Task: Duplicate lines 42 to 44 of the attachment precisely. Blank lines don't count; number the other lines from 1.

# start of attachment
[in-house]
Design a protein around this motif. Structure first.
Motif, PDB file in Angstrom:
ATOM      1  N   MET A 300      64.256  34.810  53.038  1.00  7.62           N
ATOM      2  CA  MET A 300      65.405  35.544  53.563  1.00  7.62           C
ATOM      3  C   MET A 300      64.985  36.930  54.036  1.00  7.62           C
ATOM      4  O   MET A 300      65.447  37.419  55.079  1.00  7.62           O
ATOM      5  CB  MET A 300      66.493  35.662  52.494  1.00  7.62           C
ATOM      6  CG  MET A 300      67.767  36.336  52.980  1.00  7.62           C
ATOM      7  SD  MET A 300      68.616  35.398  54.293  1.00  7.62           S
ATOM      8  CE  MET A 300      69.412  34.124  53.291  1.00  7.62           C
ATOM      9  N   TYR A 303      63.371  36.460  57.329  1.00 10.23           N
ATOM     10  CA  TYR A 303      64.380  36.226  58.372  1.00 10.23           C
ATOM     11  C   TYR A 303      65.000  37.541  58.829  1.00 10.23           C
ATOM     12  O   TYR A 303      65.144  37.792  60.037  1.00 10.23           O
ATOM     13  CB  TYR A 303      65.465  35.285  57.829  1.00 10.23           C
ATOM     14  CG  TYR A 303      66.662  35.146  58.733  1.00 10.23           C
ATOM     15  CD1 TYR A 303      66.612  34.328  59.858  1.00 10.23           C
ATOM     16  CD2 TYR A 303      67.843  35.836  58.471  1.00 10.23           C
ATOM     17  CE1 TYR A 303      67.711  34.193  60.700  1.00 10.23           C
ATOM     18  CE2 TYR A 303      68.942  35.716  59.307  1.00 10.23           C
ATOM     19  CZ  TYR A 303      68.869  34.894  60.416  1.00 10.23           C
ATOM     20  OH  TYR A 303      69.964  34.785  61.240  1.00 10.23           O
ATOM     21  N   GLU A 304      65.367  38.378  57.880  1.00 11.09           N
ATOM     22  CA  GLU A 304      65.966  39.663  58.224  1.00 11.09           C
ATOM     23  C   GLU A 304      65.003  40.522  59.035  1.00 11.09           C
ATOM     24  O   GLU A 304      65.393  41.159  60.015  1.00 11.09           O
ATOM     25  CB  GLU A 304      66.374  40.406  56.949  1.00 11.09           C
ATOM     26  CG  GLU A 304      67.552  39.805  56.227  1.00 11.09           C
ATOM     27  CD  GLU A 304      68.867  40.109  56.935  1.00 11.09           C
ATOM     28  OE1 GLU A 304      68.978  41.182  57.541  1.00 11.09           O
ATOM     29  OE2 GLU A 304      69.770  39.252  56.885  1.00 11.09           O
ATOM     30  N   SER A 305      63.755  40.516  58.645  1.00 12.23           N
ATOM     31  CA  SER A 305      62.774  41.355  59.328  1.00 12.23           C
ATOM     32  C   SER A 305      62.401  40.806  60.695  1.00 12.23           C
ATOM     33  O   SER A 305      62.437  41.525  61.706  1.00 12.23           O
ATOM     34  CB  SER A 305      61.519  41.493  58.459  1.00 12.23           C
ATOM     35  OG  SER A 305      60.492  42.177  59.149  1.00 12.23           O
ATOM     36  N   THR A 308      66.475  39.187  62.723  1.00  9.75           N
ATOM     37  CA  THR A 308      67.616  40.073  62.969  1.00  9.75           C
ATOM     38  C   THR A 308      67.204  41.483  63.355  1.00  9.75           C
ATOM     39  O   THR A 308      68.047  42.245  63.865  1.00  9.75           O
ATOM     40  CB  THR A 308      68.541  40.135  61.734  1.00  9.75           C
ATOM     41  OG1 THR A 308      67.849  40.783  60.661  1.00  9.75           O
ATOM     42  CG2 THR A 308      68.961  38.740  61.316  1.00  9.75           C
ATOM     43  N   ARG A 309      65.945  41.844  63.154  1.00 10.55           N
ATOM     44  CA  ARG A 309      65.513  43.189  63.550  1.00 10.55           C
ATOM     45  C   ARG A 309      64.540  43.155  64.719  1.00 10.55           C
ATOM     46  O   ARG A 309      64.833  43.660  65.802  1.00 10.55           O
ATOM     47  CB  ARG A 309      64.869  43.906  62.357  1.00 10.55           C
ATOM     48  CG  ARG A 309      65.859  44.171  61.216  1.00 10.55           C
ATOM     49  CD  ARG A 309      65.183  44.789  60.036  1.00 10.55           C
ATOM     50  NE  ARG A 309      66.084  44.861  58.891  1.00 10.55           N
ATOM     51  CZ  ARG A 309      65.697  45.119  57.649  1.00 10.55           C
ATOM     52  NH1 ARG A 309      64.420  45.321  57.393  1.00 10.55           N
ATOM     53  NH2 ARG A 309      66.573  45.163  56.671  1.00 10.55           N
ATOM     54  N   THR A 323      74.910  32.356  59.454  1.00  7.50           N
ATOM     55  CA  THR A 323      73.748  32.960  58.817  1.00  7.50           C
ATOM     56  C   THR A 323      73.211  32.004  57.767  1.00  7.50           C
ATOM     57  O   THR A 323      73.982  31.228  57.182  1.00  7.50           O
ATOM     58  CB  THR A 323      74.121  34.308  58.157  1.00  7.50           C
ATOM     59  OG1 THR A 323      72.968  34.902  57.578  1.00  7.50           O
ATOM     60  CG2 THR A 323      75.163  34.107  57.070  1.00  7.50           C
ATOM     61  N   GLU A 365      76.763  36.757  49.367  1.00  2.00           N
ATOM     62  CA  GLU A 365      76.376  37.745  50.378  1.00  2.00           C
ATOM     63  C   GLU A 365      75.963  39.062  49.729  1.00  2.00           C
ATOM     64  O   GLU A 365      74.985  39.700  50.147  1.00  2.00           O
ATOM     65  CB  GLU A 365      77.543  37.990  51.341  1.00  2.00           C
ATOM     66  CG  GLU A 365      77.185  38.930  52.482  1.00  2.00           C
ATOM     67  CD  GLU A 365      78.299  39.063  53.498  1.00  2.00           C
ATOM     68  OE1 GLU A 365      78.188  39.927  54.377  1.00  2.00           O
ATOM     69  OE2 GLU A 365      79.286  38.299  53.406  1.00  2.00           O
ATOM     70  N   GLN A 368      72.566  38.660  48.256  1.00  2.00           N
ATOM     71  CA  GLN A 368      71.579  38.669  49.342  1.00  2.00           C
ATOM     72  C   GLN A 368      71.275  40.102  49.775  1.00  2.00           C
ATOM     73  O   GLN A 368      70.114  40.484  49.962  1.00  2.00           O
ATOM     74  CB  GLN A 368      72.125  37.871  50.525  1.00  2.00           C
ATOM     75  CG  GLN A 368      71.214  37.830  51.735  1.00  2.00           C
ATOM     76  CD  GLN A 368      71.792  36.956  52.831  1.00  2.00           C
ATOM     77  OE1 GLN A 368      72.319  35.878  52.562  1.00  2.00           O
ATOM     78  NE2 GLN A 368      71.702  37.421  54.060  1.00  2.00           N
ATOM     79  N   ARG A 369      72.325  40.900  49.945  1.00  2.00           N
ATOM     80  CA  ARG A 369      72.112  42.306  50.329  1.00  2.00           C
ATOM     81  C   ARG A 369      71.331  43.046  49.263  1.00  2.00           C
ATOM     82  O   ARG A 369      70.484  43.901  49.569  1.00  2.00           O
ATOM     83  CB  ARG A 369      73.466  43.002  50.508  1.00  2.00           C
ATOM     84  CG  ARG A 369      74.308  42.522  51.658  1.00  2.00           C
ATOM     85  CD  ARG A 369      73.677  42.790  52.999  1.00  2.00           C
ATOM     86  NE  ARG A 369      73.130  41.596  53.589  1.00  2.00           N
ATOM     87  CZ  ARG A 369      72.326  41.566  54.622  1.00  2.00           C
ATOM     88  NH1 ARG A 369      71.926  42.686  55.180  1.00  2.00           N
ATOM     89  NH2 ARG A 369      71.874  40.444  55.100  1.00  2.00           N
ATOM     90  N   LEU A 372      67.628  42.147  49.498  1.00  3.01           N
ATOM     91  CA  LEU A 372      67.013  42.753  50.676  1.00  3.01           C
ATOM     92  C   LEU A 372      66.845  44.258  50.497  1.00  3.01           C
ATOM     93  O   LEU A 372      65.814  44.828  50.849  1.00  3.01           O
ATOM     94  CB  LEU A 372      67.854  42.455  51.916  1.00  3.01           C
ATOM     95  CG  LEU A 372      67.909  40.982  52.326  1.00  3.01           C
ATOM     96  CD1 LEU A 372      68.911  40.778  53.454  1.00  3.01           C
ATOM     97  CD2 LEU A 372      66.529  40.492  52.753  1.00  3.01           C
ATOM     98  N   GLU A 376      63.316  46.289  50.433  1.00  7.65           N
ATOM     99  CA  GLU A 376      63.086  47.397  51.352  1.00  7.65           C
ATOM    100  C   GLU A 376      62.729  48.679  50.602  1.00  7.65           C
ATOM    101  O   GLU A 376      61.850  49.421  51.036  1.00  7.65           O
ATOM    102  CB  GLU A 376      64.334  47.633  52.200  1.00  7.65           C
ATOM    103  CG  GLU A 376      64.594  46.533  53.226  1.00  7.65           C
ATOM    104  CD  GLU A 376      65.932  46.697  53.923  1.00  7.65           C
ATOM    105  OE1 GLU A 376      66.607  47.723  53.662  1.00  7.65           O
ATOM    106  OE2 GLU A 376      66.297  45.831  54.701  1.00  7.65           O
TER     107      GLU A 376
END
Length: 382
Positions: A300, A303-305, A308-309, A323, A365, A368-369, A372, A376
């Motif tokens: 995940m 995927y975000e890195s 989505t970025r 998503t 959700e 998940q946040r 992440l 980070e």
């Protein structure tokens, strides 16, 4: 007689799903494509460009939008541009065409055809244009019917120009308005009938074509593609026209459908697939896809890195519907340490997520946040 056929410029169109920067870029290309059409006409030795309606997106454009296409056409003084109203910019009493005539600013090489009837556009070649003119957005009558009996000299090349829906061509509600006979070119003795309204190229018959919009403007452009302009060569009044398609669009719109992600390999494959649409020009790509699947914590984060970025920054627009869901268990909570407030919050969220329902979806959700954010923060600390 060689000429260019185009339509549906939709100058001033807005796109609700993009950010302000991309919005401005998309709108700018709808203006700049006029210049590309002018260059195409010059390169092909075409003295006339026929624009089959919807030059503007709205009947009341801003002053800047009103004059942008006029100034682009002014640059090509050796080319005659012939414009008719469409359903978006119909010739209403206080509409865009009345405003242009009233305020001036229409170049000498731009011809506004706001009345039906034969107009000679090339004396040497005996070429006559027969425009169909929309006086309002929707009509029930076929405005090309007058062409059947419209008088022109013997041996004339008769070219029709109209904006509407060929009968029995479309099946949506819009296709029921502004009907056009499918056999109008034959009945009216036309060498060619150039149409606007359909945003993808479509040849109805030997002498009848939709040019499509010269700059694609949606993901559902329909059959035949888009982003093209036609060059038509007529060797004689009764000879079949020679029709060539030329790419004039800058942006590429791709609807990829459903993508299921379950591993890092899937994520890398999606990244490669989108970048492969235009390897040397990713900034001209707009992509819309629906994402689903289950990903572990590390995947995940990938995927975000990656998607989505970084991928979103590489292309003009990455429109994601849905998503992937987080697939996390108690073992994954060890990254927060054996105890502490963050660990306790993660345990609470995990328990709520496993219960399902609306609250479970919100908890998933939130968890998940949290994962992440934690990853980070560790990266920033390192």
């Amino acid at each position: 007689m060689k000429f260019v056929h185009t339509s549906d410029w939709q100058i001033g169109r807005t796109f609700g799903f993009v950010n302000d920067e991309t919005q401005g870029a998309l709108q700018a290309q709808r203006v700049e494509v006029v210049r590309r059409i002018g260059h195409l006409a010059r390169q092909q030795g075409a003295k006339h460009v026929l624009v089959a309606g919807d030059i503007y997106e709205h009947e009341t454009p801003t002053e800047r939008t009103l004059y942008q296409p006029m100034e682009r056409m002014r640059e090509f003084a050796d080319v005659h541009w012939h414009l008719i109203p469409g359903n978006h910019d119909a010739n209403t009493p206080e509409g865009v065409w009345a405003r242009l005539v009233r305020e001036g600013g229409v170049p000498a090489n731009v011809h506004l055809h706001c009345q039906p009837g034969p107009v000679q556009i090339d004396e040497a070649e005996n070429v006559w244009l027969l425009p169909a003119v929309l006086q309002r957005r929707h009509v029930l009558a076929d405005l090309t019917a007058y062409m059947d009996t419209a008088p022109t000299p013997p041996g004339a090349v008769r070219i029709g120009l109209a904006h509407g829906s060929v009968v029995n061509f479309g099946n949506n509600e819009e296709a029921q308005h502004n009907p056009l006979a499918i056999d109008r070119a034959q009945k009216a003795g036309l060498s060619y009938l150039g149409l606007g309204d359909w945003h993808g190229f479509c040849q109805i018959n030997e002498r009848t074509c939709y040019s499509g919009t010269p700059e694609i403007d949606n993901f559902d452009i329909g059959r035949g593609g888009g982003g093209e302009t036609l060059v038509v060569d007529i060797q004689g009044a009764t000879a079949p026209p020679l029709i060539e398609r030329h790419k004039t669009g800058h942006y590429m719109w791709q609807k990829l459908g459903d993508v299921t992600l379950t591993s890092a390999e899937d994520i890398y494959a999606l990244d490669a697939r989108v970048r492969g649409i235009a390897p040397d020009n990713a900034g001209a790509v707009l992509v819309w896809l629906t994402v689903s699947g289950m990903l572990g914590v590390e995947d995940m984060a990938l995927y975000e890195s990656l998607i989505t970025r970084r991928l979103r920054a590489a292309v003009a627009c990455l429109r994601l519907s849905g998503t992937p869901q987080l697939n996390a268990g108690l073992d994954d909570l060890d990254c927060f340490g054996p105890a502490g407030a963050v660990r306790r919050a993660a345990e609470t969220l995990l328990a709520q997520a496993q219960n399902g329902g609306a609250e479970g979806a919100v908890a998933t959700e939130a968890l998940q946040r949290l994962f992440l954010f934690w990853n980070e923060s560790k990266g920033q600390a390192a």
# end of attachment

ATOM     39  O   THR A 308      68.047  42.245  63.865  1.00  9.75           O
ATOM     40  CB  THR A 308      68.541  40.135  61.734  1.00  9.75           C
ATOM     41  OG1 THR A 308      67.849  40.783  60.661  1.00  9.75           O